The University of New South Wales (UNSW) has produced an aggregate ranking of global universities, known as ARTU. This is based on the "Big Three" rankers, QS, Times Higher Education (THE) and the Shanghai ARWU. The scores that are given are not an average but a aggregate of their ranks, which is then inverted. Nor surprisingly, Australian universities do well and the University of Melbourne is the best in Australia.
Nicholas Fisk, Deputy Vice Chancellor of Research, hopes that this ranking will become "the international scoreboard, like the ATP tennis rankings" and "the indisputable scoreboard for where people fit in on the academic rankings."
This is not a new idea. I had a go at producing an aggregate ranking a few years ago, called Global Ranking of Academic Performance or GRAPE. It was going to be the Comparative Ranking of Academic Performance: maybe I was right the first time. It was justifiably criticised by Ben Sowter of QS. I think though that it was quite right to note that some of the rankings of the time underrated the top Japanese universities and overrated British and Australian schools.
The ARTU is an another example of the emergence of a cartel or near cartel of the three global rankings that are apparently considered the only ones worthy of attention by academic administrators and the official media.
There are in fact a lot more and these three are not even the best three rankings, far from it. A pilot study, Rating the Rankers, conducted by the International Network of Research Management Systems (INORMS), has found that on four significant dimensions, transparency, governance, measuring what matters, and rigour, the performance of six well known rankings is variable and that of the big three is generally unimpressive. That of THE is especially deficient.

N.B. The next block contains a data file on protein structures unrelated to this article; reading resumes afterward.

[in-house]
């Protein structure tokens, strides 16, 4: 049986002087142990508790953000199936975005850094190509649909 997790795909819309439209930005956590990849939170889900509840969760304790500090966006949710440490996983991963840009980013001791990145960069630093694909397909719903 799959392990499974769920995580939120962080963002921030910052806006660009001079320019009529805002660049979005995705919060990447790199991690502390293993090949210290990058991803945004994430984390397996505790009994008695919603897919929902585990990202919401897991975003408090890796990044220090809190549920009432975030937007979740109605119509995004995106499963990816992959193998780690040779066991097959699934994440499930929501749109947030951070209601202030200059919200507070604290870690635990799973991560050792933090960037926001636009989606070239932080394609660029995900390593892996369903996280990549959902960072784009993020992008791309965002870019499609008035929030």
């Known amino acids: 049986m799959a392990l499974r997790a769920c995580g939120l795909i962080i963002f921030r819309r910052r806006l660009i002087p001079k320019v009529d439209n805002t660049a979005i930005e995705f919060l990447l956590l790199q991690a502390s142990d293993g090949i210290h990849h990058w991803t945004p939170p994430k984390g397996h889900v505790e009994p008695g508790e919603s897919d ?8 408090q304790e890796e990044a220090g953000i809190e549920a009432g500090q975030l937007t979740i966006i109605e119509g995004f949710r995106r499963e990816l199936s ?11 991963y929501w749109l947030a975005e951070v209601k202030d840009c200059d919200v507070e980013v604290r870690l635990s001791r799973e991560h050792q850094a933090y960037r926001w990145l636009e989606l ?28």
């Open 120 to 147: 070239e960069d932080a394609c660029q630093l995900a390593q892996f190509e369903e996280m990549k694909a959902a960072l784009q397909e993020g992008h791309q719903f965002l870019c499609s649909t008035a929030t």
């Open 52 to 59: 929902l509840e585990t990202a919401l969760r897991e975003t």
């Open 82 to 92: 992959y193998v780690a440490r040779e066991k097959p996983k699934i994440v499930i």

Seriously, should we consider as indisputable a ranking that includes indicators that proclaim Anglia Ruskin University as a world leader for research impact and Anadolu University as tops for innovation, another that counts that long dead winners of Nobel and Fields awards, and another that gives disproportionate weight to a survey with more respondents from Australia than from China?
There does seem to be a new mood of ranking skepticism emerging in many parts of the international research community. Rating the Rankers has been announced in an article in Nature. The critical analysis of rankings will, I hope, do more to create fair and valid systems of comparative assessment than simply adding up a bunch of flawed and opaque indicators.